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GOP candidates fight for unbound delegates in North Dakota

In Fargo, North Dakota, Republicans complete their state convention today by choosing 28 delegates for the national convention in July. That’s just one percent of the total delegates, but the presidential campaigns are competing hard for them. NewsHour’s Dan Bush joins Hari Sreenivasan via Skype from Fargo.

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  • HARI SREENIVASAN, PBS NEWSHOUR ANCHOR:

    In Fargo, North Dakota, Republicans complete their state convention today by choosing 28 delegates for the national convention in July. That's just one percent of the total delegates, but the presidential campaigns are competing hard for them. The Newshour's Dan Bush is in Fargo.

    Dan, this is a state, as you point out in your blog, that's voted Republican 10 times in the past. Suddenly, they're relevant. Why?

  • DAN BUSH, NEWSHOUR CORRESPONDENT:

    All of North Dakota's 28 delegates are unbound, which means that they can vote for whomever they like at the Republican National Convention, (INAUDIBLE) with a potential floor fight (ph) there. All the different candidates are sending their surrogates, or even in Ted Cruz's case, he showed up here himself to make his case for why the delegates should back them later this summer.

  • HARI SREENIVASAN:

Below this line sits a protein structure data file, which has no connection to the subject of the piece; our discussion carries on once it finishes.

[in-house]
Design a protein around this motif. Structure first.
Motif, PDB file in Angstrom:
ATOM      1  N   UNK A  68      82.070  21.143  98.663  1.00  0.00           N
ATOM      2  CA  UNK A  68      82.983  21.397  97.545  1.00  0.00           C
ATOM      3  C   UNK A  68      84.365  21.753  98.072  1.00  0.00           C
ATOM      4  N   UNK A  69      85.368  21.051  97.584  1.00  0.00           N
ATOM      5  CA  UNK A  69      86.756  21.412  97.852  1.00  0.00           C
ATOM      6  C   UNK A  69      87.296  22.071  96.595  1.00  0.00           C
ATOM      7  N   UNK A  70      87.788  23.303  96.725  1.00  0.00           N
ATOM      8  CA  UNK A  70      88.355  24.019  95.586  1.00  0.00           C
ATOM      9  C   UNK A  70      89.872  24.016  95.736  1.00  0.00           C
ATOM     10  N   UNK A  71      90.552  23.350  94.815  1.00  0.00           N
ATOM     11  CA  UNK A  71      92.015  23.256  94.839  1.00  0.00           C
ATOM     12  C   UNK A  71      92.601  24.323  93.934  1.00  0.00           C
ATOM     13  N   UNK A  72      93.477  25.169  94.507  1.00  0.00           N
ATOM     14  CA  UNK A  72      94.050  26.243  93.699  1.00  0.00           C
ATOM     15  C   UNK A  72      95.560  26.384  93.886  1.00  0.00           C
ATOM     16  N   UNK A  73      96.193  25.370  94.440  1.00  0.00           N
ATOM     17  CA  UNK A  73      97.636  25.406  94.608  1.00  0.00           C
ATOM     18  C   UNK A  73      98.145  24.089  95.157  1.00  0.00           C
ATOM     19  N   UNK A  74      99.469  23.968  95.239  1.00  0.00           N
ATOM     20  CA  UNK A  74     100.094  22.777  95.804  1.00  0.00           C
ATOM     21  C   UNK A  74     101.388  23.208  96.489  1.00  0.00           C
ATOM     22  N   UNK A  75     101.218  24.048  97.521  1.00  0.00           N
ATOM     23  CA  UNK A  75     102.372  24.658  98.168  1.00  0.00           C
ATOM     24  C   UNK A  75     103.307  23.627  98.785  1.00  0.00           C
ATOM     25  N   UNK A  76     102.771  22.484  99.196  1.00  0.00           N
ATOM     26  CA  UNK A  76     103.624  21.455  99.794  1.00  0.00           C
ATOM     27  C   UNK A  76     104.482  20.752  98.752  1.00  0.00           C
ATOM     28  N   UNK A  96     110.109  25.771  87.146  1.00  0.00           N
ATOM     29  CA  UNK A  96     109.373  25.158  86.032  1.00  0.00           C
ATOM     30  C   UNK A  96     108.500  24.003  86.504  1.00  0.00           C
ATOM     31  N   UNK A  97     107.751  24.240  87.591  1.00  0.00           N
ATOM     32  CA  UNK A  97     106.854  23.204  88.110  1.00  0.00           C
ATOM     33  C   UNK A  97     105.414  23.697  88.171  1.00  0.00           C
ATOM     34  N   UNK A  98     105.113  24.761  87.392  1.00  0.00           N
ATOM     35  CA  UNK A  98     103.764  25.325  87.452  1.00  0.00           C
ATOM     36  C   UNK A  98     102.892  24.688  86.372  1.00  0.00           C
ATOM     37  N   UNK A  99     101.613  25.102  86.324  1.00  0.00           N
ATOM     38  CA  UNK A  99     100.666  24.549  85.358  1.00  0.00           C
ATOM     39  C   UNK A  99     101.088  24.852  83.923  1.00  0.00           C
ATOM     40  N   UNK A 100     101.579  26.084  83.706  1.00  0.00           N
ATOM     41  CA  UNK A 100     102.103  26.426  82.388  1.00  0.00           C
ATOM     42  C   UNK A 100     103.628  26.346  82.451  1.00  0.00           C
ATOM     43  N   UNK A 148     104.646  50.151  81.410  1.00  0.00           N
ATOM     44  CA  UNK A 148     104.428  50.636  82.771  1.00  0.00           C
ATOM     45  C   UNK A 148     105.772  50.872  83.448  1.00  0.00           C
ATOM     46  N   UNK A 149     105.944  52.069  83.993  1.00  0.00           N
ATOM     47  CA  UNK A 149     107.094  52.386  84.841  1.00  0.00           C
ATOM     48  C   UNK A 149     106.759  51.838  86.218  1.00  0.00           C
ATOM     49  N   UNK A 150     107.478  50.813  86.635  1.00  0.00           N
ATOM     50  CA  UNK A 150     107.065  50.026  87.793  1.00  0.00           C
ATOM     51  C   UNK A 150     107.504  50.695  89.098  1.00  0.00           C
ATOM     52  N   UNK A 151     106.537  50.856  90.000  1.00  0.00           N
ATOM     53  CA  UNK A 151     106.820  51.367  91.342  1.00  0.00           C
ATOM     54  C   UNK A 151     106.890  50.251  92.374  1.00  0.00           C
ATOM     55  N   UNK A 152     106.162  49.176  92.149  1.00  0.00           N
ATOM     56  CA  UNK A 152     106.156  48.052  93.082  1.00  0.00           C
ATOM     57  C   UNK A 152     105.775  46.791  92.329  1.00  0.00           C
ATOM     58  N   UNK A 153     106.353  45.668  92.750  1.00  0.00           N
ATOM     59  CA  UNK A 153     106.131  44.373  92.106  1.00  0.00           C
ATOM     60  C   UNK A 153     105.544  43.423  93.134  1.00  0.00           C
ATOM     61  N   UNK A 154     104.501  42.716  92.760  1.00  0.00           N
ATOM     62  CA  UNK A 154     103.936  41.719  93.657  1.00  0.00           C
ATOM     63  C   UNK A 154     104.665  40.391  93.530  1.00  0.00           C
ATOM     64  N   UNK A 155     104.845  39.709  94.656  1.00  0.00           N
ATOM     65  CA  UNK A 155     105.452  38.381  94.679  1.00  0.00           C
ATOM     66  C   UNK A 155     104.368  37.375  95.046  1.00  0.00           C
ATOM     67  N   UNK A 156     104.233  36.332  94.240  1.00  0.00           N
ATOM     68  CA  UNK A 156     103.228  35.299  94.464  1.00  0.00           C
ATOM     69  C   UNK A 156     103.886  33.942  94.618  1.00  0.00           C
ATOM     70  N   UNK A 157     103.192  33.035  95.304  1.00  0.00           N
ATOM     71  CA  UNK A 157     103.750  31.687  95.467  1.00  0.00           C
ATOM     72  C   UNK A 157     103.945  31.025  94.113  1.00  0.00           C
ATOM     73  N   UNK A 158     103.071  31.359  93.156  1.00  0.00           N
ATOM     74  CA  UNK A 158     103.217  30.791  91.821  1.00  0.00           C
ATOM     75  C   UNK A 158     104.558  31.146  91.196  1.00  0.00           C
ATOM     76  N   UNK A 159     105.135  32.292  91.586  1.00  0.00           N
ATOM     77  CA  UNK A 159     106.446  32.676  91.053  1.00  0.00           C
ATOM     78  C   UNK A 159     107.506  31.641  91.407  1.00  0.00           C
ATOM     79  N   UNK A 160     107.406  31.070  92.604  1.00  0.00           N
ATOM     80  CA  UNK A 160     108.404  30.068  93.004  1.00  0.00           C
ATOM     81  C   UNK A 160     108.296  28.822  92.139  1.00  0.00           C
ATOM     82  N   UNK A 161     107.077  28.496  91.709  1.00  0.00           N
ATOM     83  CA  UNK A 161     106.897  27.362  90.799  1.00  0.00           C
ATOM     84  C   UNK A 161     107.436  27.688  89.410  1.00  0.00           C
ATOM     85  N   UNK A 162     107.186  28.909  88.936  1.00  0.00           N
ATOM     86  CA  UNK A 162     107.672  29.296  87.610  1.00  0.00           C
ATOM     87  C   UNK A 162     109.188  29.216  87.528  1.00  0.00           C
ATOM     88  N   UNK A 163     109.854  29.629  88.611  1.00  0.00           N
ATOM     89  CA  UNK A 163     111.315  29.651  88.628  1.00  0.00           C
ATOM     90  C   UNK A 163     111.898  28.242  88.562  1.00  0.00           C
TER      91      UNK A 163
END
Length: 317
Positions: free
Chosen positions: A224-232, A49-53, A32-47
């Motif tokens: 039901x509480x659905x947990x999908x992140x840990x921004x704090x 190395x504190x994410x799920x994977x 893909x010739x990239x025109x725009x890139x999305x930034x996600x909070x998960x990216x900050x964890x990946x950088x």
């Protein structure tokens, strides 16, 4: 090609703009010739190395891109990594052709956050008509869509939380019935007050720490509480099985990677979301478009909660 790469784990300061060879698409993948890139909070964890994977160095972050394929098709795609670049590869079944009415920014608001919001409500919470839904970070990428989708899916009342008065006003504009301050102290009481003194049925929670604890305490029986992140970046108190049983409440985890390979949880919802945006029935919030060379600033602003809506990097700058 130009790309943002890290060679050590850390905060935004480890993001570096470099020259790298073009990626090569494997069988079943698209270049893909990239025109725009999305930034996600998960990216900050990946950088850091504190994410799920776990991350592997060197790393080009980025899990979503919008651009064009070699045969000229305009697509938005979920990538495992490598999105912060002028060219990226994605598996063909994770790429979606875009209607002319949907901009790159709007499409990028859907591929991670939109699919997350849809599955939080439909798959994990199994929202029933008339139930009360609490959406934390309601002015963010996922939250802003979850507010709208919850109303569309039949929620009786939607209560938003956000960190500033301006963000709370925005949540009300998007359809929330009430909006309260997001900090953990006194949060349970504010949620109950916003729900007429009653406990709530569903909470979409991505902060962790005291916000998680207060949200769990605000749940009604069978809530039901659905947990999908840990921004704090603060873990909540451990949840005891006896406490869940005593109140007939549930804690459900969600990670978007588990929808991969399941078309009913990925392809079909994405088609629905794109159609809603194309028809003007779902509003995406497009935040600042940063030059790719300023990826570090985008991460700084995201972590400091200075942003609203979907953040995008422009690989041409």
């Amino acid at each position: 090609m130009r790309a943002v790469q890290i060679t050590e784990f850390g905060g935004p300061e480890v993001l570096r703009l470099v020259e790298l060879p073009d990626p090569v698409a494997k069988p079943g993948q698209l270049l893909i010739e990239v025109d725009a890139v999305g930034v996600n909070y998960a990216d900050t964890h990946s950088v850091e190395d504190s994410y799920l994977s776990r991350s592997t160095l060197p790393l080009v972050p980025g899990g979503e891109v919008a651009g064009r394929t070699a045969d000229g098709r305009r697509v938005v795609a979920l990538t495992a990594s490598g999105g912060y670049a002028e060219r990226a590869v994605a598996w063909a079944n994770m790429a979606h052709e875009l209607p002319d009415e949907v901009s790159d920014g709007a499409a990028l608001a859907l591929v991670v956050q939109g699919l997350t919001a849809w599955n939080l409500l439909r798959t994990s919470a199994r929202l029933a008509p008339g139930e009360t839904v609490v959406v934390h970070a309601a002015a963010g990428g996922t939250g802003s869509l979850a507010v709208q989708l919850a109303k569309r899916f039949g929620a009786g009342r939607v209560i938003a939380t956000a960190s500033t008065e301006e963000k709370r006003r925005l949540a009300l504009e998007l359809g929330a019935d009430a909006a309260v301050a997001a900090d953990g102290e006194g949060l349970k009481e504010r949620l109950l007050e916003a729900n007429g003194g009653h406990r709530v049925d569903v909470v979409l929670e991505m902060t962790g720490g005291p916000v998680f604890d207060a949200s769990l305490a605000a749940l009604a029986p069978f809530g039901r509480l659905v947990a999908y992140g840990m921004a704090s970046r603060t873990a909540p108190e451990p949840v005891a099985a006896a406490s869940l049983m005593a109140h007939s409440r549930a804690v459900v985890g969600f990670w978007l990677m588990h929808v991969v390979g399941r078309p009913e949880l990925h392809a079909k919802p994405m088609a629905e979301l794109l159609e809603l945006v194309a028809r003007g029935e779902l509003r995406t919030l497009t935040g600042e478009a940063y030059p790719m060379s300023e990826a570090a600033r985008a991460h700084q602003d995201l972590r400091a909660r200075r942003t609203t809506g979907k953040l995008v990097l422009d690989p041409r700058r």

So what was the closing argument that Ted Cruz made and Donald Trump's surrogate, Ben Carson, made?

  • DAN BUSH:

    Cruz basically talked about electability. He said, listen, if the Republican Party nominates Donald Trump, that's a train wreck, he called it. He said it would be pinning the general election if Clinton on a silver platter (ph).

    Carson really spoke more about Donald Trump's character, saying that he's gotten a chance to meet with him several times and said that he is the best person to lead the country economically and on national security as well.

  • HARI SREENIVASAN:

    The people that you've talked to in North Dakota, the ones behind you, standing there making this decision, they don't have to declare whether they're going to vote for Cruz at the national convention, or Trump or Kasich, right?

  • DAN BUSH:

    That's correct, and actually an interesting development played out here a little bit earlier today where the state delegates to this convention here requested that all the national delegates come out and say ahead of time who it is that they plan to support, and the party insiders determined of that would not happen (ph). So the delegates again elected here today do not have to say who they're going to support in Cleveland later this year.

  • HARI SREENIVASAN:

    All right, Dan Bush, thanks so much.

  • DAN BUSH:

    Thank you.

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